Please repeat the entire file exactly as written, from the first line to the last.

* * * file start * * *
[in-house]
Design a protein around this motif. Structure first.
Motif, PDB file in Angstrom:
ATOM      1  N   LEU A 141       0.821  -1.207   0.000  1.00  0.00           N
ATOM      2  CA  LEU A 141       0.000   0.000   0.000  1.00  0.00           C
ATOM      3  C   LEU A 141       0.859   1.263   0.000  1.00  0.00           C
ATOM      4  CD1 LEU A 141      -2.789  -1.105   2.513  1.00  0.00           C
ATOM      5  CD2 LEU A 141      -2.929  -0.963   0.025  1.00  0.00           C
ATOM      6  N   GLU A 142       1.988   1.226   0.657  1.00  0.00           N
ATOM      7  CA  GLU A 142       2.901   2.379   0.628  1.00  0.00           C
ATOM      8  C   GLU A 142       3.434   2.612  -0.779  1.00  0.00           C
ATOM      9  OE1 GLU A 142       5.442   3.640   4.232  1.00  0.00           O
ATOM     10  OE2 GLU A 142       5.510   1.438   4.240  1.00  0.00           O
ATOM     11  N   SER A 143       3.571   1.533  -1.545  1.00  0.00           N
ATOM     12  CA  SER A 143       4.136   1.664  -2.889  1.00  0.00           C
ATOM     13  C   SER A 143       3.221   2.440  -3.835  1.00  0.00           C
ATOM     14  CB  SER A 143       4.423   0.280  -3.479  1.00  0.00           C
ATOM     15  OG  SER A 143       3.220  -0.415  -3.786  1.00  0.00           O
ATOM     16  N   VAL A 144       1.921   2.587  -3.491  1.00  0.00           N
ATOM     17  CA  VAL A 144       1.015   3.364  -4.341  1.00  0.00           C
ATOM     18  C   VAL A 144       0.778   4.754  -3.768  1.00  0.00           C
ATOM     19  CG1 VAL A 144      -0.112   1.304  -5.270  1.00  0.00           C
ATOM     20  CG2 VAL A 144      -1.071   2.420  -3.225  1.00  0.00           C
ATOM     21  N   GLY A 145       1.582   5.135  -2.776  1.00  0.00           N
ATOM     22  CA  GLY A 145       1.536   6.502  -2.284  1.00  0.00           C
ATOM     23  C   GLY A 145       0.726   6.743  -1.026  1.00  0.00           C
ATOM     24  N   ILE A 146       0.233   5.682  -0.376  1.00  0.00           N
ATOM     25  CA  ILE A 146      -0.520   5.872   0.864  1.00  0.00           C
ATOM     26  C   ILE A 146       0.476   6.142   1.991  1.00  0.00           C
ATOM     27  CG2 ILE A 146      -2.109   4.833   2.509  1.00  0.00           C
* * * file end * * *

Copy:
[in-house]
Design a protein around this motif. Structure first.
Motif, PDB file in Angstrom:
ATOM      1  N   LEU A 141       0.821  -1.207   0.000  1.00  0.00           N
ATOM      2  CA  LEU A 141       0.000   0.000   0.000  1.00  0.00           C
ATOM      3  C   LEU A 141       0.859   1.263   0.000  1.00  0.00           C
ATOM      4  CD1 LEU A 141      -2.789  -1.105   2.513  1.00  0.00           C
ATOM      5  CD2 LEU A 141      -2.929  -0.963   0.025  1.00  0.00           C
ATOM      6  N   GLU A 142       1.988   1.226   0.657  1.00  0.00           N
ATOM      7  CA  GLU A 142       2.901   2.379   0.628  1.00  0.00           C
ATOM      8  C   GLU A 142       3.434   2.612  -0.779  1.00  0.00           C
ATOM      9  OE1 GLU A 142       5.442   3.640   4.232  1.00  0.00           O
ATOM     10  OE2 GLU A 142       5.510   1.438   4.240  1.00  0.00           O
ATOM     11  N   SER A 143       3.571   1.533  -1.545  1.00  0.00           N
ATOM     12  CA  SER A 143       4.136   1.664  -2.889  1.00  0.00           C
ATOM     13  C   SER A 143       3.221   2.440  -3.835  1.00  0.00           C
ATOM     14  CB  SER A 143       4.423   0.280  -3.479  1.00  0.00           C
ATOM     15  OG  SER A 143       3.220  -0.415  -3.786  1.00  0.00           O
ATOM     16  N   VAL A 144       1.921   2.587  -3.491  1.00  0.00           N
ATOM     17  CA  VAL A 144       1.015   3.364  -4.341  1.00  0.00           C
ATOM     18  C   VAL A 144       0.778   4.754  -3.768  1.00  0.00           C
ATOM     19  CG1 VAL A 144      -0.112   1.304  -5.270  1.00  0.00           C
ATOM     20  CG2 VAL A 144      -1.071   2.420  -3.225  1.00  0.00           C
ATOM     21  N   GLY A 145       1.582   5.135  -2.776  1.00  0.00           N
ATOM     22  CA  GLY A 145       1.536   6.502  -2.284  1.00  0.00           C
ATOM     23  C   GLY A 145       0.726   6.743  -1.026  1.00  0.00           C
ATOM     24  N   ILE A 146       0.233   5.682  -0.376  1.00  0.00           N
ATOM     25  CA  ILE A 146      -0.520   5.872   0.864  1.00  0.00           C
ATOM     26  C   ILE A 146       0.476   6.142   1.991  1.00  0.00           C
ATOM     27  CG2 ILE A 146      -2.109   4.833   2.509  1.00  0.00           C